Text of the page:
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Study: Abandoned Oil Wells Leak Methane

July 17th, 2014

A Princeton University study of thousands of abandoned oil wells and natural gas wells in Pennsylvania may be leaking methane. The study examined 19 wells across the state and found that these neglected wells leaked varied quantities of methane, despite being plugged and shut down. The findings indicate that abandoned oil wells across the country could be more significant sources of greenhouse gases than previously believed, since many of them remain unmonitored after they cease operations.

Abandoned Oil Wells Alter Climate Change Debate

The findings about the methane leaks in abandoned oil wells could alter how environmental agencies measure greenhouse gas emissions. Currently, the U.S. Environmental Protection Agency does not count the thousands of abandoned oil wells across the country in its estimates of methane emissions. The Princeton study projected the amount of methane emitted from these wells across the state. Based on the small sample size, the study found that the wells could account for up to 13 percent of all the human-based methane emissions in the state.

Abandoned Oil Wells and the Danger of Methane

The study of the abandoned oil wells focused the efforts of climate change advocates on the dangers of methane. Climate scientists estimate that methane emissions are responsible for up to 40 percent of the greenhouse gas effect, which traps the sun’s heat within Earth’s atmosphere. Scientists also believe that methane poses more of a climate change threat than carbon dioxide, as methane’s chemical composition makes it dozens of times more effective at trapping heat.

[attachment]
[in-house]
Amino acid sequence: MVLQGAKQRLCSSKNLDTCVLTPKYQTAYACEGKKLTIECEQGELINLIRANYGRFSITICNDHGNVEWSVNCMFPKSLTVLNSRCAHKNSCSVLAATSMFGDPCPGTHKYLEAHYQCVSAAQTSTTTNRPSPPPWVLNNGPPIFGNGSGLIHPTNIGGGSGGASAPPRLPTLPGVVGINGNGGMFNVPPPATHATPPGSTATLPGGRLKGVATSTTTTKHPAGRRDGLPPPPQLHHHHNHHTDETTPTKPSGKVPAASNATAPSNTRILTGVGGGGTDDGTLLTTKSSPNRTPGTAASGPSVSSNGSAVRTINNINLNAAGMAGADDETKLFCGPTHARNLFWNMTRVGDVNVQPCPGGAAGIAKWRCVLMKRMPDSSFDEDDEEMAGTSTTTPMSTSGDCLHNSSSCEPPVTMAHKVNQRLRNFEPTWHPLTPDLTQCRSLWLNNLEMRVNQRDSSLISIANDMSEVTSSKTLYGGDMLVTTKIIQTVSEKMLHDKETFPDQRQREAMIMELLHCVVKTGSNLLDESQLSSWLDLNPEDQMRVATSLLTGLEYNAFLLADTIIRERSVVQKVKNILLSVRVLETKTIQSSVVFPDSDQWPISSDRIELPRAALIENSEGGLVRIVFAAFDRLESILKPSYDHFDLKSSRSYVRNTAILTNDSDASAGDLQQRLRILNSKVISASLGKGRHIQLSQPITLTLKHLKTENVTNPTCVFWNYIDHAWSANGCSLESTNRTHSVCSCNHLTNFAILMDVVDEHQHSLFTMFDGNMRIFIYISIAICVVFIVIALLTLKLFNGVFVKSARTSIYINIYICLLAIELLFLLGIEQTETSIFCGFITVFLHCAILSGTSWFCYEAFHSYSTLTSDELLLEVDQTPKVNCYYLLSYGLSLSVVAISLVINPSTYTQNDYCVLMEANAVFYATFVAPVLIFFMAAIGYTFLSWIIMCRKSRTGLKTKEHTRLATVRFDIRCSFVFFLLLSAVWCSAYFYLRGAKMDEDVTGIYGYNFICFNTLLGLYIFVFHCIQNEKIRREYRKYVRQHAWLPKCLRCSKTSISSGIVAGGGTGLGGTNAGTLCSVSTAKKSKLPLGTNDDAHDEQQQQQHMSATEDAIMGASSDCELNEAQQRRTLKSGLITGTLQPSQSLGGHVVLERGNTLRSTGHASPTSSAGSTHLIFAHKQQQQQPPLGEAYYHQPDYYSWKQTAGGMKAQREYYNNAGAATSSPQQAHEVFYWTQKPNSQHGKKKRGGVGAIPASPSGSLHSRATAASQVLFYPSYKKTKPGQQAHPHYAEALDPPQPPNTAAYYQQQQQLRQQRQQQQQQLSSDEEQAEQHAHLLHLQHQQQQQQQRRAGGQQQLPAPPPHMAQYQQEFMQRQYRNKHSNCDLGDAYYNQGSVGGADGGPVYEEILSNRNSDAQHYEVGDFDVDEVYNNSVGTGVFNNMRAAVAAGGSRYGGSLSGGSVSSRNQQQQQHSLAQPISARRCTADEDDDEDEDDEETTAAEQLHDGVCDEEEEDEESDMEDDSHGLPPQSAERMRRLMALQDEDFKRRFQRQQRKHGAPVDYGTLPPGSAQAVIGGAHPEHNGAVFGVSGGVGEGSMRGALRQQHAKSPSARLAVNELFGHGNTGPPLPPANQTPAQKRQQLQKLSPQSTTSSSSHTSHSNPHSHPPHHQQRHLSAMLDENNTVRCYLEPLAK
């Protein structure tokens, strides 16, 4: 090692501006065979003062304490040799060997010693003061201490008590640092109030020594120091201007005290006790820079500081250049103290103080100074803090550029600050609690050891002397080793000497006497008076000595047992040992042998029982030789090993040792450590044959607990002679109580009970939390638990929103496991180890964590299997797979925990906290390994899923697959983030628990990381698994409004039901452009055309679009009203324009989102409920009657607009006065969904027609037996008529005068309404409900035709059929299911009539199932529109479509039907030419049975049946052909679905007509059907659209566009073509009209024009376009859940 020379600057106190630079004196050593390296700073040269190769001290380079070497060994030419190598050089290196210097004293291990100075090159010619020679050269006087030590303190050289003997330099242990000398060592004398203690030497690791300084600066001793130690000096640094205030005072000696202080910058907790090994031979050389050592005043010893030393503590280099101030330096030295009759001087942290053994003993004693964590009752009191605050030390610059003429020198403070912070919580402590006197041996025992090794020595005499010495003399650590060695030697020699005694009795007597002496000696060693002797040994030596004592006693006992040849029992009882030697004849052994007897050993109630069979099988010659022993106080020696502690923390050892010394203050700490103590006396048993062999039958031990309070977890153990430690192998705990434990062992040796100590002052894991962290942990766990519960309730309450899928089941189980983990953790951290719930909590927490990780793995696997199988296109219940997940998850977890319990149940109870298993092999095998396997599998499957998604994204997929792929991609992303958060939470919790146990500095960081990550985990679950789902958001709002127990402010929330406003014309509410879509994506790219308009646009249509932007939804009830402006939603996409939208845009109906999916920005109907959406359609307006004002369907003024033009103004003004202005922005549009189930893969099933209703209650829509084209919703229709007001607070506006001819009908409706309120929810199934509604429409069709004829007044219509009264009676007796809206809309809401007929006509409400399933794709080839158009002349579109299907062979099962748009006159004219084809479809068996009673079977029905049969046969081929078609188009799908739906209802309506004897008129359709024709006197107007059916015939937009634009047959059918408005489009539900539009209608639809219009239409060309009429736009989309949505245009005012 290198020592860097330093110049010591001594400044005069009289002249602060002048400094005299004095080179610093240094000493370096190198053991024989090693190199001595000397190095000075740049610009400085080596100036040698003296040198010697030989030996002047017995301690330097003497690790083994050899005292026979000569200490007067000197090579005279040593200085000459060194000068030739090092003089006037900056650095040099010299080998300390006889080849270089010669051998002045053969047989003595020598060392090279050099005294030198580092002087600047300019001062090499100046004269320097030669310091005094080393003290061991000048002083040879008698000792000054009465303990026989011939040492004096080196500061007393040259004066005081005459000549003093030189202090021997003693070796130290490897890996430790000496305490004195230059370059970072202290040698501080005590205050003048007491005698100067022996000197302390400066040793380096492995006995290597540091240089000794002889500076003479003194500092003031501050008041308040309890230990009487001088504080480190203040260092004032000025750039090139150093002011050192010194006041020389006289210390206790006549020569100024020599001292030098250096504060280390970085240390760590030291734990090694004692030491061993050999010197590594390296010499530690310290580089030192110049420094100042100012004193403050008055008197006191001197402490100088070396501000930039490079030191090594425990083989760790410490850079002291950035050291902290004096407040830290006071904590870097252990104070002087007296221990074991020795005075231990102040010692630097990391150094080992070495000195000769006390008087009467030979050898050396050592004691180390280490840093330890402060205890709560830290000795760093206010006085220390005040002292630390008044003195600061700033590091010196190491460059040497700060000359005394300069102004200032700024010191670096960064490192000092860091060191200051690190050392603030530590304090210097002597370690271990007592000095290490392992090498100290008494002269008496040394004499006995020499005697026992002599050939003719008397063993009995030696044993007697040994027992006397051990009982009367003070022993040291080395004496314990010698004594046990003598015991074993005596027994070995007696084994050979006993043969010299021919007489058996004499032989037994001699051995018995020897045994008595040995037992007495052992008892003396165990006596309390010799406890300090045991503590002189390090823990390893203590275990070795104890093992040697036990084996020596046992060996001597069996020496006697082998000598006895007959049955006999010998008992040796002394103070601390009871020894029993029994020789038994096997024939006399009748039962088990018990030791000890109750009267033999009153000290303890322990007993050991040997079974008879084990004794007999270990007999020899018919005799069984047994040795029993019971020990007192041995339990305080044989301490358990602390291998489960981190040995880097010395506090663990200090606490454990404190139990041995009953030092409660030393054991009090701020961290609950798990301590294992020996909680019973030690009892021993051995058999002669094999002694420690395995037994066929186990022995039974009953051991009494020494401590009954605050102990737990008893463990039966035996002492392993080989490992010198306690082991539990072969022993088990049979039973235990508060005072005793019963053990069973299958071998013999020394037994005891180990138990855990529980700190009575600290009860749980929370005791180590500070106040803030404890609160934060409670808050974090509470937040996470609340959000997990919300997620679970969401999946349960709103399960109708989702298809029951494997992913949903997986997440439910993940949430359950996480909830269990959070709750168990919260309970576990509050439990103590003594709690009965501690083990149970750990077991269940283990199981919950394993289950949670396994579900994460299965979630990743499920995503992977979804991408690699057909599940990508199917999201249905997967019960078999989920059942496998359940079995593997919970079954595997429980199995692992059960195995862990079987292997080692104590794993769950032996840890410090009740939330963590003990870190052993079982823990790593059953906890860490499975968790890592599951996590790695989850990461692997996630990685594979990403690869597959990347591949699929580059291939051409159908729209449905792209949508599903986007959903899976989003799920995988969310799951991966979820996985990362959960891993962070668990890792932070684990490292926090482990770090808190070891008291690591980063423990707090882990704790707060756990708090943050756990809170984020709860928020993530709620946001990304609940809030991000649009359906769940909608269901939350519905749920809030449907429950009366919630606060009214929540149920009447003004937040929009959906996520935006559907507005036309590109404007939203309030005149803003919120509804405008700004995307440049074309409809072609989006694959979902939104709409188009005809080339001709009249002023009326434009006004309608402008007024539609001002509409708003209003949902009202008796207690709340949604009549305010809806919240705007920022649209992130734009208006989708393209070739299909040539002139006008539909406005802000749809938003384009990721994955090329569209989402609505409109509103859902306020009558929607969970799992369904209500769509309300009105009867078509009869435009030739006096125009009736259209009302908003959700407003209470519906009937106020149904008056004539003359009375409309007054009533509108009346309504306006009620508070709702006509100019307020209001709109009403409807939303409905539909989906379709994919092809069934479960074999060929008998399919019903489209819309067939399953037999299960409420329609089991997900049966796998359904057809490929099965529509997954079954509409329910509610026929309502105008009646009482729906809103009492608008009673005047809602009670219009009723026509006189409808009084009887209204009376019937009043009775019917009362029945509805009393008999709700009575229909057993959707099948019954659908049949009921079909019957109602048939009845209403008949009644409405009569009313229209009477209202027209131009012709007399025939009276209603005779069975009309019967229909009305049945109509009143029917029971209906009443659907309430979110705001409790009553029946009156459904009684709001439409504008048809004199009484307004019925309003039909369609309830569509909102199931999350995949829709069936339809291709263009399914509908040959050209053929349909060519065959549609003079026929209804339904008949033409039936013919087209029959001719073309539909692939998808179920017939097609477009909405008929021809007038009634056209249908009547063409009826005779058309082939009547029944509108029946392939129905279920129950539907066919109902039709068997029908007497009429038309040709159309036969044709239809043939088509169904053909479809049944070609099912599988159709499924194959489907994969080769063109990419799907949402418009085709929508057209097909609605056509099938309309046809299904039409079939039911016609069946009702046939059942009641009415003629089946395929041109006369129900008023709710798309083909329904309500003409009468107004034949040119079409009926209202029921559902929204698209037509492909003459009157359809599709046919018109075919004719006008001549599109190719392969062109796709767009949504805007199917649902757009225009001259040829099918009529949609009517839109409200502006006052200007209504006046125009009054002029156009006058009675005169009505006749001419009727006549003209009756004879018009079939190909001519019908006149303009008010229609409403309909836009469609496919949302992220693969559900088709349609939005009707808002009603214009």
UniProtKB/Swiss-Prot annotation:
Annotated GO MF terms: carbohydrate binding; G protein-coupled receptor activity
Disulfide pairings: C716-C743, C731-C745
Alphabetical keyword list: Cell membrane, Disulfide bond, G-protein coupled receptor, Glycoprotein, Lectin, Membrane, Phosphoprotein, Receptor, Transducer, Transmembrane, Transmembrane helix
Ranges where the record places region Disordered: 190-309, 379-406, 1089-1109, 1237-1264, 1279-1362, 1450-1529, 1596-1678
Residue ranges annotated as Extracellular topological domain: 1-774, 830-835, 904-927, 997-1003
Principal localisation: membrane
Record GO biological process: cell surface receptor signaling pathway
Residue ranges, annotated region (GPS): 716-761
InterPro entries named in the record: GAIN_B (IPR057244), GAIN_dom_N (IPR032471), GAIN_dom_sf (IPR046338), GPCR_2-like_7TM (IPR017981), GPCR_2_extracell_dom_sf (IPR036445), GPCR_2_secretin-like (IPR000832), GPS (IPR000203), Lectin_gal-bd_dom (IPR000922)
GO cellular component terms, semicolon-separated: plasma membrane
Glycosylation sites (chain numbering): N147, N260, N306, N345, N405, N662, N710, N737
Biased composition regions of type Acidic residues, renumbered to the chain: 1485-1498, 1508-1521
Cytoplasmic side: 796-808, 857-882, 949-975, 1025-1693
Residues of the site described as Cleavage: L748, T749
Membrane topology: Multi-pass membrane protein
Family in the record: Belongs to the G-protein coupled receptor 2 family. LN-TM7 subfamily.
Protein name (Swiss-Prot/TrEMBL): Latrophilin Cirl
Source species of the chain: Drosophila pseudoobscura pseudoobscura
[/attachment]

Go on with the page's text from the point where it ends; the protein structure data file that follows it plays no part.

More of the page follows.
More Study Needed on Abandoned Oil Wells

Professor Mary Kang, the scientist who authored the study on Pennsylvania’s abandoned oil wells, believes that the state’s focus on fluid leaks rather than gas leaks has allowed the problem of methane leaks to go unchecked. Professor Kang also stated that the lack of monitoring of abandoned oil wells has also contributed to the issue. She called for wider studies in both Pennsylvania, which has between 250,000 and 1 million abandoned oil fields, and other states which have a high number of abandoned oil wells.

Source: ClimateCentral.org

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